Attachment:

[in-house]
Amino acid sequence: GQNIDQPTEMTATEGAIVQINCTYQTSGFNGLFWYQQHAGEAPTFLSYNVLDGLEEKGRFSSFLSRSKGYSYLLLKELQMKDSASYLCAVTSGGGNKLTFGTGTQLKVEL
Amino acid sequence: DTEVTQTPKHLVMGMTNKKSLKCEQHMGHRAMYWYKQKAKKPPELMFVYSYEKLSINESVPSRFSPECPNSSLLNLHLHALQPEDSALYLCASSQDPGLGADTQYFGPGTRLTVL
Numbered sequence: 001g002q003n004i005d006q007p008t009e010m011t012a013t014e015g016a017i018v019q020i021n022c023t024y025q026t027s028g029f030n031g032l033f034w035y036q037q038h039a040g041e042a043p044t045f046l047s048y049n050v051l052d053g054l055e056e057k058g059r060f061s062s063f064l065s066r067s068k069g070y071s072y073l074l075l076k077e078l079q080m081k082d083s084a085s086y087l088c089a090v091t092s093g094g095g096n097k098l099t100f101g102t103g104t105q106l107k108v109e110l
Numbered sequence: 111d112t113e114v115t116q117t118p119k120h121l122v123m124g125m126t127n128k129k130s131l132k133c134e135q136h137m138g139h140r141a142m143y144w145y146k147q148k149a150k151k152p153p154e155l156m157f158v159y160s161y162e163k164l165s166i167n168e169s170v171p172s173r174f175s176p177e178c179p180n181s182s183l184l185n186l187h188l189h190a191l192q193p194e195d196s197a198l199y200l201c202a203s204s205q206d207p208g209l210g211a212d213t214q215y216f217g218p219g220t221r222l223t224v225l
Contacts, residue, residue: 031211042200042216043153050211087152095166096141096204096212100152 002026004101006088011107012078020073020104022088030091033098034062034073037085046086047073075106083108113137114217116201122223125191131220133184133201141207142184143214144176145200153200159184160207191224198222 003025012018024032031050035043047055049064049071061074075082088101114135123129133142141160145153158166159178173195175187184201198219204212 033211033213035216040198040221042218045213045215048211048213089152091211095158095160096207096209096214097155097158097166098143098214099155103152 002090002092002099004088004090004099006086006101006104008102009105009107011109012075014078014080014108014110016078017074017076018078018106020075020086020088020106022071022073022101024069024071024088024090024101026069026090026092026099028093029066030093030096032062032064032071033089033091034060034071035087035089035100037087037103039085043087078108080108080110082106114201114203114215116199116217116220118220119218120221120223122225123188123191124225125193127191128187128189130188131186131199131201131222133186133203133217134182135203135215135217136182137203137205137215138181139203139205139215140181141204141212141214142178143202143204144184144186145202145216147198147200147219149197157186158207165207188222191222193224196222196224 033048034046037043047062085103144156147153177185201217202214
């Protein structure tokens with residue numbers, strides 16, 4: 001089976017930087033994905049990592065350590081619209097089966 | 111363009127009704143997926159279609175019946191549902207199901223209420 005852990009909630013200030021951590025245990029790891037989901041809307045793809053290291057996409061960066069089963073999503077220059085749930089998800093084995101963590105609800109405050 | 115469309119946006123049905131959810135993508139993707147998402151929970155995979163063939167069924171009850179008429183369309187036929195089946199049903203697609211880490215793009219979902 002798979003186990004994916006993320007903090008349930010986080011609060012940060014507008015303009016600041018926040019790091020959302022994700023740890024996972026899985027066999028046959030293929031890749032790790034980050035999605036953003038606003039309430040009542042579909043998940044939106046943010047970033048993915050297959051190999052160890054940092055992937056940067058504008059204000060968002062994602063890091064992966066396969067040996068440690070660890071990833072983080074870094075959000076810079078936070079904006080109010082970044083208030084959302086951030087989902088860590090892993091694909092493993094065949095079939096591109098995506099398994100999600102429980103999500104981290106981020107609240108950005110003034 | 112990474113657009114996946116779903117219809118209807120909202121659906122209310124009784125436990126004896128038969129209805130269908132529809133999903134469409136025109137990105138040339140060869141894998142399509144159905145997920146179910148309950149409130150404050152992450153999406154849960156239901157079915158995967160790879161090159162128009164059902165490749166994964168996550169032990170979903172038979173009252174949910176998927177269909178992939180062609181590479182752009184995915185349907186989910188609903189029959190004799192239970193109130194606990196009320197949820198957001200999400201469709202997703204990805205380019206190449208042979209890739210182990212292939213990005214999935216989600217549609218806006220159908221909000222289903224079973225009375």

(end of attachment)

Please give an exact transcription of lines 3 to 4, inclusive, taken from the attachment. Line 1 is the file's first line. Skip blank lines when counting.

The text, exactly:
Amino acid sequence: DTEVTQTPKHLVMGMTNKKSLKCEQHMGHRAMYWYKQKAKKPPELMFVYSYEKLSINESVPSRFSPECPNSSLLNLHLHALQPEDSALYLCASSQDPGLGADTQYFGPGTRLTVL
Numbered sequence: 001g002q003n004i005d006q007p008t009e010m011t012a013t014e015g016a017i018v019q020i021n022c023t024y025q026t027s028g029f030n031g032l033f034w035y036q037q038h039a040g041e042a043p044t045f046l047s048y049n050v051l052d053g054l055e056e057k058g059r060f061s062s063f064l065s066r067s068k069g070y071s072y073l074l075l076k077e078l079q080m081k082d083s084a085s086y087l088c089a090v091t092s093g094g095g096n097k098l099t100f101g102t103g104t105q106l107k108v109e110l